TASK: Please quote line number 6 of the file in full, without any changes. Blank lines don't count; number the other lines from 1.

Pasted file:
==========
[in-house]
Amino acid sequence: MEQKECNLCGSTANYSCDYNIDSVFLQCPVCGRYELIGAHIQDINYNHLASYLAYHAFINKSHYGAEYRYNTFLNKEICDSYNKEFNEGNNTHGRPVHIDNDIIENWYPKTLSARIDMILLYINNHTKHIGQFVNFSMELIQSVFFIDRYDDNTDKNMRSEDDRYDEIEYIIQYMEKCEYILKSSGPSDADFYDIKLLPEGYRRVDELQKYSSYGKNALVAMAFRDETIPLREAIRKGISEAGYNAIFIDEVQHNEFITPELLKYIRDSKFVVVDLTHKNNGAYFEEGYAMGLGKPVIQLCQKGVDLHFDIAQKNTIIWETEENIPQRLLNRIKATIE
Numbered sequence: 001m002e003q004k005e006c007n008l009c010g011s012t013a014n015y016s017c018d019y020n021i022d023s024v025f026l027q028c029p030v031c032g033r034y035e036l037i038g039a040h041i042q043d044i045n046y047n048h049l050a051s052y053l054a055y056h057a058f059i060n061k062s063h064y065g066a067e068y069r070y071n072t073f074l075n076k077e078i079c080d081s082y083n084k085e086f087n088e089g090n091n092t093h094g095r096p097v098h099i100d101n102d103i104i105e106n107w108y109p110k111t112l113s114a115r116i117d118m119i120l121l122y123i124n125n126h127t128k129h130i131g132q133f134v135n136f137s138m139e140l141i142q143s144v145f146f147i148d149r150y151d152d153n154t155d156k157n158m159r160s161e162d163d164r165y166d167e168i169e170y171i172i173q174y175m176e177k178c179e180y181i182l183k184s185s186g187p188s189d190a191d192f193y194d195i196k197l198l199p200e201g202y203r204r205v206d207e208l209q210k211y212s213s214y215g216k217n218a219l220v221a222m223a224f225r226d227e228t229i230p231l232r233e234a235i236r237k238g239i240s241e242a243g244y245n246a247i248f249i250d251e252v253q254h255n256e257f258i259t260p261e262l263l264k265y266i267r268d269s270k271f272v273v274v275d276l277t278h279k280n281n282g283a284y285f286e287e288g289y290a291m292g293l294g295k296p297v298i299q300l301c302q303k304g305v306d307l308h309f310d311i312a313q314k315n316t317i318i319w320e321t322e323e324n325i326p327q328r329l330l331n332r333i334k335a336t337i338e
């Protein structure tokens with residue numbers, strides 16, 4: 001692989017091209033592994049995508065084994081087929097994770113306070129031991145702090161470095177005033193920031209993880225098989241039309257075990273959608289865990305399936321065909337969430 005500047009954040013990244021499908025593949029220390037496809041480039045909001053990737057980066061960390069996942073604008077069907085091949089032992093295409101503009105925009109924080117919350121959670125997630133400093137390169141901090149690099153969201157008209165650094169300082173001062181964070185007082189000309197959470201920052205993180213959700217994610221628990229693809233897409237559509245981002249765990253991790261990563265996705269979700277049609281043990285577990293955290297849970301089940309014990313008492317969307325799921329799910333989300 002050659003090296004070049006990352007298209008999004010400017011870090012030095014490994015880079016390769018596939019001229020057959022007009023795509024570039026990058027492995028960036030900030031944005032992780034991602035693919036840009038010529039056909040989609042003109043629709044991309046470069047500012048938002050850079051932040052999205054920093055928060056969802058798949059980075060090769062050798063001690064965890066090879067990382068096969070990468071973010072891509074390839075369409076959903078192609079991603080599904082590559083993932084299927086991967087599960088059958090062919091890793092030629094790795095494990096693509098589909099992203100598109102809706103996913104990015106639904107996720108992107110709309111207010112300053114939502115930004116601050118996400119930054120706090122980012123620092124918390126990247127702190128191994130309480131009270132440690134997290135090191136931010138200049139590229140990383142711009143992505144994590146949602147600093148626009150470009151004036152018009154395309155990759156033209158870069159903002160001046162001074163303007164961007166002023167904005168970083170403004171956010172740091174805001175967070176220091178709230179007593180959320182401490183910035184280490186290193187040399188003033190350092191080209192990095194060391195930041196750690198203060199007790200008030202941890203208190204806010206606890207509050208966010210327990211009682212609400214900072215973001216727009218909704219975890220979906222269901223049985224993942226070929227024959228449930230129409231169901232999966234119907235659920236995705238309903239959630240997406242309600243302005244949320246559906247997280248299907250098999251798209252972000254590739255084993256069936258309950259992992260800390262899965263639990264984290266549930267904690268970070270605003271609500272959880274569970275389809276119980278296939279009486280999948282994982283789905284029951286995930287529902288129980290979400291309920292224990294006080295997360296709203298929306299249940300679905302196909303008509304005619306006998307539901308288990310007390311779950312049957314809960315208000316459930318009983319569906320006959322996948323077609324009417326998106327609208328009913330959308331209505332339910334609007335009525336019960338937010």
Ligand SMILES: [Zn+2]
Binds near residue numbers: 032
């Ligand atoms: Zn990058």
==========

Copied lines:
Binds near residue numbers: 032